International justice steps in when serious crimes are committed against a portion of a country's population.
Frédéric Mégret, a researcher with the McGill University Faculty of Law, is interested in the contrast between two approaches to international justice: on the one hand, the desire to punish those responsible for crimes (international criminal justice), which may take the form of an international criminal tribunal (ICT) such as those established for the former Yugoslavia, Rwanda and Sierra Leone; on the other hand, the need to ensure the transition to societal stability (transitional justice).
The international criminal justice can undermine the transition process in societies plagued by extreme political and social difficulties.
After the abolition of apartheid in South Africa, rather than calling for an ICT, the government set up a Truth and Reconciliation Commission whose goal was to reveal the truth about the human rights violations committed since 1960, and to facilitate reconciliation between the black majority and the white minority. Frédéric Mégret's work shows that international criminal justice can undermine the transition process in societies plagued by extreme political and social difficulties.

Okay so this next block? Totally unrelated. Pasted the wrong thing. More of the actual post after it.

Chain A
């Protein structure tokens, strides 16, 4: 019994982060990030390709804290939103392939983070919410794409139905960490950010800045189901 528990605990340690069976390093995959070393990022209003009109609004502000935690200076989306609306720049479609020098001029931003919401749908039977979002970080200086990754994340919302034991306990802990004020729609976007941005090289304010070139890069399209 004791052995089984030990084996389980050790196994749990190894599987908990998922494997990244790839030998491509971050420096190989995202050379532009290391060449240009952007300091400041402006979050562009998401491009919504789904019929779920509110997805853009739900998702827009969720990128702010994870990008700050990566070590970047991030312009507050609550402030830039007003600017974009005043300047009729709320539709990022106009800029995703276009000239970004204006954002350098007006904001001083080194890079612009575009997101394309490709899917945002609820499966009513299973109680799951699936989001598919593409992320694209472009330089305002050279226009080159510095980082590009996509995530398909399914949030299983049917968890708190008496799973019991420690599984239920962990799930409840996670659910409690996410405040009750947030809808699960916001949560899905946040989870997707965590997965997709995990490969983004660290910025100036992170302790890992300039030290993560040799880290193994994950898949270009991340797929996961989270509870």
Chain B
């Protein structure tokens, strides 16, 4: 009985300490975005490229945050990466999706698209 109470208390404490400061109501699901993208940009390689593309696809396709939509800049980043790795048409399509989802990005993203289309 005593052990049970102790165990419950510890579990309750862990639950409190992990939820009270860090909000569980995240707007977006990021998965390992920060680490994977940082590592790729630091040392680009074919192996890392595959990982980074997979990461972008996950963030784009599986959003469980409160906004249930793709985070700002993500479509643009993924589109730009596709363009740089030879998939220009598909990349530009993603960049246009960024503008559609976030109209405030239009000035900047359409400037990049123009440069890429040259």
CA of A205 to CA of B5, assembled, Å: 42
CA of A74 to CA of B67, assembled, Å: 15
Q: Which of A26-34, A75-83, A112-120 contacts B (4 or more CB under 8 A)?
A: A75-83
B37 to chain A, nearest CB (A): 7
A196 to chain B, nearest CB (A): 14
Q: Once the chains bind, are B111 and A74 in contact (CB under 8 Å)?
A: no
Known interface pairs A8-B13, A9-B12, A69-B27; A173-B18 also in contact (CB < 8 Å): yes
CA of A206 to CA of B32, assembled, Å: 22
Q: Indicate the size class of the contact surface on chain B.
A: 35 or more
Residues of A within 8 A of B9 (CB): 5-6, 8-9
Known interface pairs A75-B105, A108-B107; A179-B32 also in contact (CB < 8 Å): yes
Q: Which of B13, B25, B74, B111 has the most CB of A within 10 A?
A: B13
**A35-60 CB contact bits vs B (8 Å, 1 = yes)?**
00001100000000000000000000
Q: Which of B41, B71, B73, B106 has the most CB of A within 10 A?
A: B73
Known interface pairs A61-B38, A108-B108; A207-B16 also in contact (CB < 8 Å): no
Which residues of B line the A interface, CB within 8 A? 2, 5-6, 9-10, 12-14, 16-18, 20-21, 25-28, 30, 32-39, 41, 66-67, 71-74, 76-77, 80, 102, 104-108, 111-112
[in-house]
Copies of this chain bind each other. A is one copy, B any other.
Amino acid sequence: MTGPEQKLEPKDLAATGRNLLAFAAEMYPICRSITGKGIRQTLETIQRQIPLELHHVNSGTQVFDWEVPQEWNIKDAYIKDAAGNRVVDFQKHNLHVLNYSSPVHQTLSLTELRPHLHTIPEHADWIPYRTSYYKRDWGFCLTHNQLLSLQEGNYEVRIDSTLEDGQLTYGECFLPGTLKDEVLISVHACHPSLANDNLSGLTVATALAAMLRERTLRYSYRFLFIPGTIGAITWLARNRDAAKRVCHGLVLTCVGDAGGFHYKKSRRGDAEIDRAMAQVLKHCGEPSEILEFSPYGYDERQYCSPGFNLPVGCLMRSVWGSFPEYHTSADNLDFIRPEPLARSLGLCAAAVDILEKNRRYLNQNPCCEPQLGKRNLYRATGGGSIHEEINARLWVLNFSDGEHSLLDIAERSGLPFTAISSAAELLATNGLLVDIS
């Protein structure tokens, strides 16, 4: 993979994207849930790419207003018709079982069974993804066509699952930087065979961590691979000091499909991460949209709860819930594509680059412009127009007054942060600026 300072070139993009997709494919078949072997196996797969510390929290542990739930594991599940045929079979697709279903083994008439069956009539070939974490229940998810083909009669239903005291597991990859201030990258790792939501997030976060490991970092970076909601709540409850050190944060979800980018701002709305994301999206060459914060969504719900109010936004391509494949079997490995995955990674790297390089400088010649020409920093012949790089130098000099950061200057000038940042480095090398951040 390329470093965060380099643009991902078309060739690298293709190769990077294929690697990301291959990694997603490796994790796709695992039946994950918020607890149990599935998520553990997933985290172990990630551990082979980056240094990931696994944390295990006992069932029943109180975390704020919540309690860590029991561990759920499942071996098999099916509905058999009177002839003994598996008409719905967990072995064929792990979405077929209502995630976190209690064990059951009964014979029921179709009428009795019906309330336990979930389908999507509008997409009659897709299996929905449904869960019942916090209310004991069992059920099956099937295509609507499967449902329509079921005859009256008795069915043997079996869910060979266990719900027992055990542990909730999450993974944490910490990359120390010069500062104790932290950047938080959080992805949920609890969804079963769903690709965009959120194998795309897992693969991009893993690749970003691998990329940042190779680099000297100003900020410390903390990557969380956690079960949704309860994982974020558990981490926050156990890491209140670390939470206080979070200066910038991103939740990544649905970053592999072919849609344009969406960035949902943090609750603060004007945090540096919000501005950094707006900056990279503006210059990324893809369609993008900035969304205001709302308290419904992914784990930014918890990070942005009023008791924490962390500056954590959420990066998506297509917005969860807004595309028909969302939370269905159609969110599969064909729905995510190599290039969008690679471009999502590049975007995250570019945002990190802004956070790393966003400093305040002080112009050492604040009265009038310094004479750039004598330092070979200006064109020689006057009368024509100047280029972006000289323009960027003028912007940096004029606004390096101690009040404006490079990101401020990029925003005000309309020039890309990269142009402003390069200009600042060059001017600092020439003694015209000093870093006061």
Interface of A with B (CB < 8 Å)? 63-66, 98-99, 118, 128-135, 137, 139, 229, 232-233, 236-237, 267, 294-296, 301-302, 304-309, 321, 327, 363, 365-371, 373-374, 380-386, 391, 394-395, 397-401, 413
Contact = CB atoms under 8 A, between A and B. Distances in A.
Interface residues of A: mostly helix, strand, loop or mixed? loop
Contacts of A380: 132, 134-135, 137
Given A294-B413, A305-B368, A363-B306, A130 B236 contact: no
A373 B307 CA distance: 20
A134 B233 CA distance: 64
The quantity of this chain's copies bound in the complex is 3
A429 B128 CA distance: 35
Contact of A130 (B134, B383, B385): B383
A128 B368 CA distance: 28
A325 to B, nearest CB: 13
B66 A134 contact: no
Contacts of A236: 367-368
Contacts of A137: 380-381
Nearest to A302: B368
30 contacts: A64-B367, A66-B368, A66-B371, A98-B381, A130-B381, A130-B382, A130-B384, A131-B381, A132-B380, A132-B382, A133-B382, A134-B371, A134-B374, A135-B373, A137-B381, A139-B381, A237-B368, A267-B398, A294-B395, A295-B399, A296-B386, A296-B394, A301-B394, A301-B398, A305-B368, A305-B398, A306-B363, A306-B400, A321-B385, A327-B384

This type of inflexible punishment-based justice can add fuel to the fire and reignite conflict, and may present a reductive view of history. In contrast, transitional justice takes reconciliation efforts into consideration and focuses on the need to reach a compromise between the victims and their former persecutors.
Frédéric Mégret has published articles on his research in Observateur des Nations Unies, the Journal of International Law, Annuaire français de relations internationales, the Brooklyn Journal of International Law, the International Review of Victimology and the Buffalo Human Rights Law Review. He has also presented the results of his work in Paris and Montréal.